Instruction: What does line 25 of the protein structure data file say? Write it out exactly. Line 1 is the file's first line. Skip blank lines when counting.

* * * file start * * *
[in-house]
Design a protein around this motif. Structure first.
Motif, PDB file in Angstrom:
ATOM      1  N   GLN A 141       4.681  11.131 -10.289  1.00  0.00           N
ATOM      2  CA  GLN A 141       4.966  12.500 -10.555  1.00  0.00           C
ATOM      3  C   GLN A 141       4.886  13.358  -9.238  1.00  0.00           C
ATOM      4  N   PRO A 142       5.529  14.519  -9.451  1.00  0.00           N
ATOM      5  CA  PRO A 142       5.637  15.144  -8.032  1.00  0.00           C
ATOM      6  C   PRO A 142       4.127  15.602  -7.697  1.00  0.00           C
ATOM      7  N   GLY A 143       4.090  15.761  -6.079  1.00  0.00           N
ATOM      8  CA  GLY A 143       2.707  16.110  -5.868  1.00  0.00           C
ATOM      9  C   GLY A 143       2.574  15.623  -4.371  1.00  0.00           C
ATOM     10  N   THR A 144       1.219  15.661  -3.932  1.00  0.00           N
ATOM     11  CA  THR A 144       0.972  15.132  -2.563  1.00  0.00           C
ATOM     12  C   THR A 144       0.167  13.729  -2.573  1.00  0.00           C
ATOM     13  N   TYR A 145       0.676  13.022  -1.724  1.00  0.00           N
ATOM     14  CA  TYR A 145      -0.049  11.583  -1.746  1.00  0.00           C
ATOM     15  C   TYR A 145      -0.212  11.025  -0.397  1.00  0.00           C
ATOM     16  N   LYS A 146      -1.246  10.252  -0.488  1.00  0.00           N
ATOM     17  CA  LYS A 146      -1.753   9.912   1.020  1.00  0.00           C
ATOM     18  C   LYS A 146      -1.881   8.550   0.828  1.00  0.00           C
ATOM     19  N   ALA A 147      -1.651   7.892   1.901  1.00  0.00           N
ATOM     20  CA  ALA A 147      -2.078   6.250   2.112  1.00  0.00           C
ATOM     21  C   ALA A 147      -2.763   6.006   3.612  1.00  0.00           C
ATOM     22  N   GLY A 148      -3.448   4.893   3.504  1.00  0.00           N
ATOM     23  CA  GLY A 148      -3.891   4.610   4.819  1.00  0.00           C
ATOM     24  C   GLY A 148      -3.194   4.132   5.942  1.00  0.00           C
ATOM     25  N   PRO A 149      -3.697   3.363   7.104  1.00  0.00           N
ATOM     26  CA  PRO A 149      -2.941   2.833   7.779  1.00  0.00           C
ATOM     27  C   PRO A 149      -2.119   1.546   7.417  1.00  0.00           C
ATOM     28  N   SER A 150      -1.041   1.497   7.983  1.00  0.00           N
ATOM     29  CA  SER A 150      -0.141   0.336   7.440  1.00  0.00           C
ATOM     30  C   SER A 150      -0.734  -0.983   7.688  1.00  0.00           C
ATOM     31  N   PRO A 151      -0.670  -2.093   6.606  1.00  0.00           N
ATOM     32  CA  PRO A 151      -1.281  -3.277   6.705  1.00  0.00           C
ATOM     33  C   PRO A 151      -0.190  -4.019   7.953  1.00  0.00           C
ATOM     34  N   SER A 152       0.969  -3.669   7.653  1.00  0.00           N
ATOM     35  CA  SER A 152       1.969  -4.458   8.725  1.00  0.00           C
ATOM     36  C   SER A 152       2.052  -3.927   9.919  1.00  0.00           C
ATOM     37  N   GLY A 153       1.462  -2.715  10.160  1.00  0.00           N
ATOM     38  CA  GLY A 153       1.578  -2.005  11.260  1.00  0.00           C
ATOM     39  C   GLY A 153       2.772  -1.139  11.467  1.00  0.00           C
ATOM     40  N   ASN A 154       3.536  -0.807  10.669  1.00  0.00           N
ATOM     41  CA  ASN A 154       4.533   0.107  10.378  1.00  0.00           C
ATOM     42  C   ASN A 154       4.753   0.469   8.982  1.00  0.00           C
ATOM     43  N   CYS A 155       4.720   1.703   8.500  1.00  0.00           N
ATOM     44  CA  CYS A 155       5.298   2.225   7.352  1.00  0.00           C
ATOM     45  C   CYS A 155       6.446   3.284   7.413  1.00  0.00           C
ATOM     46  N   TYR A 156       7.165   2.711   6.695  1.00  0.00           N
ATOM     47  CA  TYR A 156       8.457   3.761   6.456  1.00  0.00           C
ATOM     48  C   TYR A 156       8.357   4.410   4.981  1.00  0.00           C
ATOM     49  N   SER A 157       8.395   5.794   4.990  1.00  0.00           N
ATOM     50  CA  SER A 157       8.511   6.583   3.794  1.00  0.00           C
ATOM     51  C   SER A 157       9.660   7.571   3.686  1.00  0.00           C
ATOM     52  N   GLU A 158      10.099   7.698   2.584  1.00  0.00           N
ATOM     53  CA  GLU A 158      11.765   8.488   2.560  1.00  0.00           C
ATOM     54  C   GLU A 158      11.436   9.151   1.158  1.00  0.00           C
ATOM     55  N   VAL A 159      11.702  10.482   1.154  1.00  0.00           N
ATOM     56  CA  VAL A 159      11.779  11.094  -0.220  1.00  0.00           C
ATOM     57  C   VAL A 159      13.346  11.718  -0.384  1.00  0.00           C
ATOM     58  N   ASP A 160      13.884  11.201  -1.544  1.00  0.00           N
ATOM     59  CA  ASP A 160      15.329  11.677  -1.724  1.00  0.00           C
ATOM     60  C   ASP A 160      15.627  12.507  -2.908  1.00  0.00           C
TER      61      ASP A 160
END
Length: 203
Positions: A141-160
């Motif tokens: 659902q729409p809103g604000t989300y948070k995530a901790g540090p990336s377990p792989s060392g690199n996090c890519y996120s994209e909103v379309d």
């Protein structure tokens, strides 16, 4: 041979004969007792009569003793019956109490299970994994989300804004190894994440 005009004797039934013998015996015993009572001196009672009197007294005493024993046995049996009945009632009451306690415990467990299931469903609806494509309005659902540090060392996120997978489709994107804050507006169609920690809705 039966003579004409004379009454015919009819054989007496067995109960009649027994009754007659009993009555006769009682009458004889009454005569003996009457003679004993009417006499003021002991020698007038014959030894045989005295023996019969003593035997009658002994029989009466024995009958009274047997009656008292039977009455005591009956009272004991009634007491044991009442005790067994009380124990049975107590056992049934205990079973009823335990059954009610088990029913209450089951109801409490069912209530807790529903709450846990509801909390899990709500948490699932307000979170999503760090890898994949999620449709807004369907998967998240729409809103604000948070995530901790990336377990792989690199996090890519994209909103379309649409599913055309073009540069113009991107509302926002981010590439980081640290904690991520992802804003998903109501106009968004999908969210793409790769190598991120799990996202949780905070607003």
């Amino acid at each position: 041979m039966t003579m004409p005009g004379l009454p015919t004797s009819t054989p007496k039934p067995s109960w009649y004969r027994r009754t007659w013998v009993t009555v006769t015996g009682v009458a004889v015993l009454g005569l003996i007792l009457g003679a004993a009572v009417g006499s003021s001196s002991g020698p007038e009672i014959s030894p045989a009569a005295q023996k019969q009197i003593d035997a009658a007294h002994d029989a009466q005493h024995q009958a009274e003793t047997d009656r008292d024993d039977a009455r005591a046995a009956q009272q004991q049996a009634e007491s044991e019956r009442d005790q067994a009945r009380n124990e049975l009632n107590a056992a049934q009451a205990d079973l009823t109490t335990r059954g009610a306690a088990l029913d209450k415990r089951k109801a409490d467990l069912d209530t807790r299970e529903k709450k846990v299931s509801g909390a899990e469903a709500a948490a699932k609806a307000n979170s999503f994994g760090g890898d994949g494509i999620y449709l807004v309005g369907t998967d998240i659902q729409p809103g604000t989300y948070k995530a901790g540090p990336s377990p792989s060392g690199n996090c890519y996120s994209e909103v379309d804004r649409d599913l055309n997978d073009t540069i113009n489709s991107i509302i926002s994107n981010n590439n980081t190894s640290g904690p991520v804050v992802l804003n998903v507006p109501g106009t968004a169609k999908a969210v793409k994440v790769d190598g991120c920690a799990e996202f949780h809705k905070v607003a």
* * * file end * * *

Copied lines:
ATOM     22  N   GLY A 148      -3.448   4.893   3.504  1.00  0.00           N